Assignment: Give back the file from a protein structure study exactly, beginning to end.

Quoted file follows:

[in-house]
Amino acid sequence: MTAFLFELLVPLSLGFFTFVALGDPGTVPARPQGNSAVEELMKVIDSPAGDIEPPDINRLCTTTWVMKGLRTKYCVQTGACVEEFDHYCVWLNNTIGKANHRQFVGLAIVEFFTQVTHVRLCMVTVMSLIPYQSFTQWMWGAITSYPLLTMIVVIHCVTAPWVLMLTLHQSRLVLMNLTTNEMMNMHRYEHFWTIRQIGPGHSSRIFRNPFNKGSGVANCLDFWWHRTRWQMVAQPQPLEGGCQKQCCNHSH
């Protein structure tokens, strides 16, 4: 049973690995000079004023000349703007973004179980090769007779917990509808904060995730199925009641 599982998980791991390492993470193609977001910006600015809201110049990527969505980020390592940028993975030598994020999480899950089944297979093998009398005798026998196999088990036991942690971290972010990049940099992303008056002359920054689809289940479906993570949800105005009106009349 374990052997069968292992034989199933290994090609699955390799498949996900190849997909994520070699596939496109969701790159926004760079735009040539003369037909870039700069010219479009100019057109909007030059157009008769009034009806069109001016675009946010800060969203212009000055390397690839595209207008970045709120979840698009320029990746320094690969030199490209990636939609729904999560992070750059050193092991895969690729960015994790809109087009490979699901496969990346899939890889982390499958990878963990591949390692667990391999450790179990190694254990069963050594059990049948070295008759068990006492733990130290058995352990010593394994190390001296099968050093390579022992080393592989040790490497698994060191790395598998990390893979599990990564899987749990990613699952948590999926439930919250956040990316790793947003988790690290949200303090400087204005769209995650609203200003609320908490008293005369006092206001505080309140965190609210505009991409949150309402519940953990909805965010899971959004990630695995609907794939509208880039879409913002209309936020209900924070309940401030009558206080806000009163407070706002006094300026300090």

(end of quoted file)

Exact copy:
[in-house]
Amino acid sequence: MTAFLFELLVPLSLGFFTFVALGDPGTVPARPQGNSAVEELMKVIDSPAGDIEPPDINRLCTTTWVMKGLRTKYCVQTGACVEEFDHYCVWLNNTIGKANHRQFVGLAIVEFFTQVTHVRLCMVTVMSLIPYQSFTQWMWGAITSYPLLTMIVVIHCVTAPWVLMLTLHQSRLVLMNLTTNEMMNMHRYEHFWTIRQIGPGHSSRIFRNPFNKGSGVANCLDFWWHRTRWQMVAQPQPLEGGCQKQCCNHSH
């Protein structure tokens, strides 16, 4: 049973690995000079004023000349703007973004179980090769007779917990509808904060995730199925009641 599982998980791991390492993470193609977001910006600015809201110049990527969505980020390592940028993975030598994020999480899950089944297979093998009398005798026998196999088990036991942690971290972010990049940099992303008056002359920054689809289940479906993570949800105005009106009349 374990052997069968292992034989199933290994090609699955390799498949996900190849997909994520070699596939496109969701790159926004760079735009040539003369037909870039700069010219479009100019057109909007030059157009008769009034009806069109001016675009946010800060969203212009000055390397690839595209207008970045709120979840698009320029990746320094690969030199490209990636939609729904999560992070750059050193092991895969690729960015994790809109087009490979699901496969990346899939890889982390499958990878963990591949390692667990391999450790179990190694254990069963050594059990049948070295008759068990006492733990130290058995352990010593394994190390001296099968050093390579022992080393592989040790490497698994060191790395598998990390893979599990990564899987749990990613699952948590999926439930919250956040990316790793947003988790690290949200303090400087204005769209995650609203200003609320908490008293005369006092206001505080309140965190609210505009991409949150309402519940953990909805965010899971959004990630695995609907794939509208880039879409913002209309936020209900924070309940401030009558206080806000009163407070706002006094300026300090």